The common site of extra-pulmonary TB and the most severe form of osteoarticular TB is spinal TB, which is a widespread infectious disease problem in animal husbandry areas and developing areas [8, 20]. Because of its unique anatomical structure, the early symptoms of cervical TB are too tricky to notice. The neck and shoulder pain and discomfort of neck and shoulder occur first mostly. When the disease continues to develop, the posterior pharyngeal wall abscess is created slowly. The surrounding tissues, like the trachea and esophagus, may be compressed by this spreading cold abscess. The nerve root compression symptoms were caused mostly by the cold abscess posterior compressing. The anterior and middle columns of the spine are affected mainly by cervical TB, resulting in cervical kyphosis, neck stiffness, and neurological dysfunction caused by spinal cord compression. The single-level infections of the vertebral body are rare [6–8]. In this study, the lesions of patients with kyphotic cervical TB were concentrated mostly in the lower level of the cervical spine (C3 - C6). Involving more than two vertebral bodies occurred in all patients, who forming local kyphotic deformity. Typical cervical spinal cord compression symptoms were observed in 12 cases. The purpose of surgery is to decompress the compression symptoms of the spinal cord effectively, reconstruct the stability of the vertebral body, and restore the normal sequence in the sagittal position of the spine vertebral body.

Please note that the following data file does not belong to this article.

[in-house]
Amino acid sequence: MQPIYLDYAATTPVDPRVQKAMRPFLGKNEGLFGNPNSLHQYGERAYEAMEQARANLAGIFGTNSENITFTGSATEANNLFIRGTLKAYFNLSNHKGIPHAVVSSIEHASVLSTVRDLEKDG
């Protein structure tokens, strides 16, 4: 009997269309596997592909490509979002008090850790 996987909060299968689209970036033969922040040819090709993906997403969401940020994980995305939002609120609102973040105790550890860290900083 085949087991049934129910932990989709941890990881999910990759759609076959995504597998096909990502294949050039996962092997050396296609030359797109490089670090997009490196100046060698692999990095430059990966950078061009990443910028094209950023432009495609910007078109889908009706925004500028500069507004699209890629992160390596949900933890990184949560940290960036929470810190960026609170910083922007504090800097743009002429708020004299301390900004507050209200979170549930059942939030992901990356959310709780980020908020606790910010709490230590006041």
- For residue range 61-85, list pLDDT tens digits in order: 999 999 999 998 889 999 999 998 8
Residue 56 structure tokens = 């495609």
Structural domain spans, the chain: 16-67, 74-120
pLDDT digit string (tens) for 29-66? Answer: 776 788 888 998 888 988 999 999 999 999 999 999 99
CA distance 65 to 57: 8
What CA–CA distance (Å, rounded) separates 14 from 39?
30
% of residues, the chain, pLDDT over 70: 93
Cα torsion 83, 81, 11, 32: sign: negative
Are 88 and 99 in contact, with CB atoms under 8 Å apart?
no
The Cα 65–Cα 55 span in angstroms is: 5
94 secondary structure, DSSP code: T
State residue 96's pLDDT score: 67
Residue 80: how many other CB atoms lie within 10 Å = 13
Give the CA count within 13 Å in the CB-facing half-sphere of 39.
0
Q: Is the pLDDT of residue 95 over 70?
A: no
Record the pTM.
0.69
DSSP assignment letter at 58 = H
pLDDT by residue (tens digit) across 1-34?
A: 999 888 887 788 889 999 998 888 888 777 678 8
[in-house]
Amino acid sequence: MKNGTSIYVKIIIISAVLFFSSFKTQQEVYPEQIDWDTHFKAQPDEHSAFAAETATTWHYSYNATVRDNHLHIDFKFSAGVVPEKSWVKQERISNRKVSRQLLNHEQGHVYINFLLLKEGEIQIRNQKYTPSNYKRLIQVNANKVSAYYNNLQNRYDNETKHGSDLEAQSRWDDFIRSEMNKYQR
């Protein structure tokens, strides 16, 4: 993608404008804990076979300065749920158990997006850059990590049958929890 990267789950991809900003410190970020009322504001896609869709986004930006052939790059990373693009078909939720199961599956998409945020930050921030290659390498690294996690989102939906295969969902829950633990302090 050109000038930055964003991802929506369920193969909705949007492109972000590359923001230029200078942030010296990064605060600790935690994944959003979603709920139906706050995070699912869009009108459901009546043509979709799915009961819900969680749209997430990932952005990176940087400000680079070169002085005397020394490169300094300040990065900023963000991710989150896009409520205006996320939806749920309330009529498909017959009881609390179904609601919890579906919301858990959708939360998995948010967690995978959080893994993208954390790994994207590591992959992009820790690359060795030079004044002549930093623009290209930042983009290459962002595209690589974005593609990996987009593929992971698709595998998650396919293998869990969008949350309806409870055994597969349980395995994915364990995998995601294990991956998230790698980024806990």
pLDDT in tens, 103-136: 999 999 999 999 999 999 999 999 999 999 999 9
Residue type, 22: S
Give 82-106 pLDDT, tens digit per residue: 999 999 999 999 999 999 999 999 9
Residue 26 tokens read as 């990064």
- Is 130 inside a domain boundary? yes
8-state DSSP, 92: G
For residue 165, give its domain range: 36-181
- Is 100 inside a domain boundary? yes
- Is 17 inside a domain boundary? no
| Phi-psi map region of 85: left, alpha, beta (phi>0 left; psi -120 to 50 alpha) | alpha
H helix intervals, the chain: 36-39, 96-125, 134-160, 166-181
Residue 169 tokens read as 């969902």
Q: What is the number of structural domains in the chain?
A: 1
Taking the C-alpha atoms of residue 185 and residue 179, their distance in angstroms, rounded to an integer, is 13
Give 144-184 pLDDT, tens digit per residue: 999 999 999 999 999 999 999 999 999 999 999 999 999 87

The treatment published by a previous study of the early stage cervical vertebral TB was regular anti-TB chemotherapy and symptomatic treatment [8, 11, 16, 20]. But the long-term medication cycle and the increasing drug resistance, there is a great incidence of chance for the lesion to continue to the advanced stage, which may lead to progressive aggravation of spine deformity or vertebral body instability [22, 23]. For severe bone destruction and poor cervical stability after conservative treatment, surgical intervention is usually required. At present, the simple anterior approach of debridement and spine reconstruction surgery is a commonly used surgical method for the treatment of cervical TB, since the characteristics of simple approach, simplified procedure, removal of the lesion completely, and reliable structural reconstruction [1, 6–8, 24, 25]. The case series of 17 patients with cervical TB who were managed for the anterior approach of debridement and BGIF, were reported by Wu et al.  The bone grafting fusion of the vertebral body and improved neurological dysfunction were achieved. In this study, 18 patients of group A were treated by the anterior approach of debridement and BGIF, the sagittal sequence of the cervical vertebral body was corrected significantly. Briefly, the preoperative local Cobb angle was improved from 25.13 ± 8.28 ° to -9.74 ± 3.71 ° after surgery, the SCA was improved from 91.74 ± 8.96 to 80.16 ± 7.05 postoperatively, the C2-C7SVA was improved from 36.48 ± 10.35 to 11.65 ± 4.38 postoperatively. The patient's neurological recovery was satisfactory, and the neck and shoulder pain was relieved completely. It was recommended by us that the anterior approach of debridement and BGIF should be selected in the following cases: (1) the TB lesion eroded or destroyed the vertebral body slightly, and obvious cold abscess appears in front; (2) there was no obvious vertebral collapse, intervertebral space lesion, only slight infiltration of the adjacent vertebral body with no pedicle destruction; (3) patients with the poor physical condition. In these cases, the anterior approach of debridement and BGIF can achieve the purpose of lesion removal, stability reconstruction in one stage, without the need for a supplementary posterior approach of internal fixation to strengthen cervical vertebral body stability.